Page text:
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1\documentclass{article}
2\usepackage{fullpage}
3
4\begin{document}
5\title{Parallel Bitstream-Based Length Sorting}
6\author{Robert D. Cameron}
7\date{May 22, 2011}
8
9\maketitle
10
11\section{The Idea}
12
13Given streams $S$ and $E$ that mark the starts and ends of Names.
14
15We can partition $E$ into a length-sorted set of streams.
16
17First we can partition $E$ into the stream marking
18ends of Names of length 1, $E_1$, and the stream
19of ends of Names of greater than length 1, $E_{>1}$, as follows.
20
21\begin{eqnarray*}
22S_1 & = & n(S)\\
23E_1 & = & S_1 \wedge E\\
24E_{>1} & = & E \wedge \neg E_1\\
25\end{eqnarray*}
26
27Following this, the stream that marks the ends of Names of length 2, $E_2$,
28as well as the stream $E_{>2}$ for longer Names
29can be similarly determined.
30
31\begin{eqnarray*}
32S_2 & = & n(S_1)\\
33E_2 & = & S_2 \wedge E_{>1}\\
34E_{>2} & = & E_{>1} \wedge \neg E_2\\
35\end{eqnarray*}
36
37It may then be desirable to group the Names of length 3 and 4 together.
38A stream $E_{3,4}$ marking the ends of such names can be determined
39with a slight variation of the pattern.
40
41\begin{eqnarray*}
42S_{3,4} & = & n(n(S_1 | S_2))\\
43E_{3,4} & = & S_{3,4} \wedge E_{>2}\\
44E_{>4} & = & E_{>2} \wedge \neg E_{3,4}\\
45\end{eqnarray*}
46
47Here the stream $S_{3,4}$ is the stream consisting of all positions
483 or 4 positions past a Name start position.
49
50Following this pattern streams for Names of length 5 through 8 are
51similarly determined.
52
53\begin{eqnarray*}
54S_{5,8} & = & n(n(n(n(S_1 | S_2 | S_{3,4}))))\\
55E_{5,8} & = & S_{5,8} \wedge E_{>4}\\
56E_{>8} & = & E_{>4} \wedge \neg E_{5,8}\\
57\end{eqnarray*}
58
59\section{Follow-up}
60
61Once the length sorting above has completed, then we can process
62names using bitscan techniques.
63
64\begin{enumerate}
65\item Sequentially scan $E_1$ to process all names of length 1.
66\item Sequentially scan $E_2$ to process all names of length 2.
67\item Sequentially scan $E_{3,4}$ to process all names of length 3 or 4.  The
68       actual length may be determined by a bit test of the $S$ stream.
69\item Sequentially scan $E_{5,8}$ to process all names of length 5 through 8.  The
70       actual length may be determined by a reverse bitscan from each $E_{5,8}$
71       to the corresponding name start position in $S$.
72\item Sequentially scan $E_>8$ to process all names of length greater than 8.
73       This will require both a reverse bit scan to find the name start and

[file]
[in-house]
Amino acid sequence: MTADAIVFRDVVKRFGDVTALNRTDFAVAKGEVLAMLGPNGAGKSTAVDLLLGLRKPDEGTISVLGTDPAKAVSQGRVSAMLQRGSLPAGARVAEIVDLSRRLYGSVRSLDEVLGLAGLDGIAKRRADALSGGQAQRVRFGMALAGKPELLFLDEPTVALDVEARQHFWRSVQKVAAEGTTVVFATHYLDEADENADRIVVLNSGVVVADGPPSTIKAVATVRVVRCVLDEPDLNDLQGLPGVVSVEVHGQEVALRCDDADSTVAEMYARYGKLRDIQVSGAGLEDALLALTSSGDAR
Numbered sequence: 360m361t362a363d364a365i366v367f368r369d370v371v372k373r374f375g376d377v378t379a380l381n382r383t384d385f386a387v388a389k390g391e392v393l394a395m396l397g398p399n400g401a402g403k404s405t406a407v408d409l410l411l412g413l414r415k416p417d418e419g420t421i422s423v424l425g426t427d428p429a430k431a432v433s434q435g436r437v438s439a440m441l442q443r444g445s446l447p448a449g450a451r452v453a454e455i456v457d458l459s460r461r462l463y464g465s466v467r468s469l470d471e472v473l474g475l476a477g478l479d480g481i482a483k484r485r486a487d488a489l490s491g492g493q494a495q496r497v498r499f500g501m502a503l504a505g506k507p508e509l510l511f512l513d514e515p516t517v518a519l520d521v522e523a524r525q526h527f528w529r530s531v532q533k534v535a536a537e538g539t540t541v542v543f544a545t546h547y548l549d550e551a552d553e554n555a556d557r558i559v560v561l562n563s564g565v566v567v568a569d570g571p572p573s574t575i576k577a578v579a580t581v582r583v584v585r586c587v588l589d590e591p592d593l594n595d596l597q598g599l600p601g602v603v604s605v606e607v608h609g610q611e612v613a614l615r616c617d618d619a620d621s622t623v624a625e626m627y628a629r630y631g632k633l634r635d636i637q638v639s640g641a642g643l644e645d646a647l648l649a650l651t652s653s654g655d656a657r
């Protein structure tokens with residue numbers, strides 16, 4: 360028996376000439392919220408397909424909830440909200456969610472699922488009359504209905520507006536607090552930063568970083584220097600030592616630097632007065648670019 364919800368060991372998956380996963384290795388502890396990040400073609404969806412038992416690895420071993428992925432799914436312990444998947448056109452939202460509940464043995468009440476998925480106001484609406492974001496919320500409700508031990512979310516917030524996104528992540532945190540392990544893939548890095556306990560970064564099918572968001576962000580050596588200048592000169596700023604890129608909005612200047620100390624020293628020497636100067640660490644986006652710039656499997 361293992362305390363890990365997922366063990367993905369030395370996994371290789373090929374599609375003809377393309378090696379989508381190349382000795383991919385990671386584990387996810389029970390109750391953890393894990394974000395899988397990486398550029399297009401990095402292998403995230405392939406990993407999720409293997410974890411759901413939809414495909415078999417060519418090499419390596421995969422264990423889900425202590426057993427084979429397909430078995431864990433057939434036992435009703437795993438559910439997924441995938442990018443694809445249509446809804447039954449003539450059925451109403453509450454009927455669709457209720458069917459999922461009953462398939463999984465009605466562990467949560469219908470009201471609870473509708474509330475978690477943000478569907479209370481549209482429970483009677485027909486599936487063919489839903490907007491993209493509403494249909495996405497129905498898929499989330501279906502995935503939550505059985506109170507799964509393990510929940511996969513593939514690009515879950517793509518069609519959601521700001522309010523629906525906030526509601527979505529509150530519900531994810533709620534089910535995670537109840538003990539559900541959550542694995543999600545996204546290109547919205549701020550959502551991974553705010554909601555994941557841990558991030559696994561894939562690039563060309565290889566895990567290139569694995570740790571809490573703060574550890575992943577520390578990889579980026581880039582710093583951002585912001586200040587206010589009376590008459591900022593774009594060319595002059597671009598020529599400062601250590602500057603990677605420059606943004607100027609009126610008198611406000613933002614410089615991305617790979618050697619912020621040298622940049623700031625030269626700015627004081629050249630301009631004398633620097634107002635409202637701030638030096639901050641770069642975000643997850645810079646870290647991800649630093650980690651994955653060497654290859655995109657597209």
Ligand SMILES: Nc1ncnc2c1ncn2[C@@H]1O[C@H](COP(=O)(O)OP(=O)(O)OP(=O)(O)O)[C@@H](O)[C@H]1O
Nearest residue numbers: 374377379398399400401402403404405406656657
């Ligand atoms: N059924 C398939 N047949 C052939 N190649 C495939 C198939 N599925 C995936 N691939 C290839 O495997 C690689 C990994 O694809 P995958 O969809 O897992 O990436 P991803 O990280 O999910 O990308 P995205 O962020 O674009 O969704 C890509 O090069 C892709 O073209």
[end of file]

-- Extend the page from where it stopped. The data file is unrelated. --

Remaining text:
74a forward scan to find the actual length.
75\end{enumerate}
76
77Of course, this scheme shows just one partitioning into length groups; others
78are possible.  Using the log-length strategy, a partition of $E_{>8}$ into
79$E_{9,16}$ and $E_{>16}$ would probably be worthwhile with XML.
80
81\section{Expected Benefits}
82
83What is the expected benefit of this technique versus sequentially determining
84lengths?   This avoids allocation of length-based position arrays, the memory
85operations of insertion of positions into those arrays, bounds-checking on those
86arrays and maintaining an auxiliary array of lengths of the each array.
87
88A further benefit may be from the programming side: the length sorting can
89be implemented using our existing Pablo language, avoiding low-level C programming.
90
91\section{DIV2 grouping}
92Given streams $S$ and $E$ that mark the starts and ends of Names.
93We can partition $E$ into length-sorted groups using div2-length strategy: $G_i = n(E_{i*2-1})|E_{i*2}$
94
95First we calculate $T$, which marks the two positions after each name.
96Then we can get $G_1$ as follows.
97\begin{eqnarray*}
98T & = & E | n(E)\\
99S_2 & = & n(n(S))\\
100G_1 & = & S_2 \wedge T \\
101\end{eqnarray*}
102
103$G_i (i>1)$ can be similarly determined as follows.
104
105\begin{eqnarray*}
106S_{i*2} & = & n(n(S_{(i-1)*2} \wedge \neg T)) \\
107G_i & = & S_{i*2} \wedge T \\
108\end{eqnarray*}
109
110Once the length sorting above has completed, then we can process
111names using bitscan techniques.
112
113For each $G_i (i>0)$:
114\begin{enumerate}
115\item Sequentially scan $G_i$ to find positions $P_i = \{p_{i,0},p_{i,1},...,p_{i,n},\}$.
116\item For each $k$ in $\{1,2...,n\}$, calculate hash value for name $N[p_{i,k-i*2}]...N[p_{i,k-1}]$
117\item Look up hash table. If the name exist, process next name.
118Otherwise, if $N[p_{i,k-1}]$ is a delimiter (name length is odd), lookup name $N[p_{i,k-i*2}]...N[p_{i,k-2}] (i>1)$ or name $N[p_{1,k-2}]$.
119If it exists, get its GID $g$ and insert $N[p_{i,k-i*2}]...N[p_{i,k-1}]$ with GID $g$.
120If it dosen't exist, insert this name with a new GID and insert $N[p_{i,k-i*2}]...N[p_{i,k-1}]$ with the same GID.
121If $N[p_{i,k-1}]$ is not a delimiter (name length is even), insert $N[p_{i,k-i*2}]...N[p_{i,k-1}]$ with a new GID.
122\end{enumerate}
123
124% \section{Grouping Strategies}
125% \subsection{Length Grouping}
126% \subsubsection{ID grouping}
127%
128% \subsubsection{LOG grouping}
129%
130% \subsubsection{DIV grouping}
131%
132% \subsection{Length + hash Grouping}
133%
134% \section{Sorting Algorithms}
135% \subsection{Sequential Sorting}
136%
137% \subsection{Parallel Sorting}
138%
139% \section{Group Processing Strategies}
140%
141% \subsection{Linear SIMD Search}
142%
143% \subsection{Trie}
144%
145% \subsection{Hash}
146
147\end{document}
148
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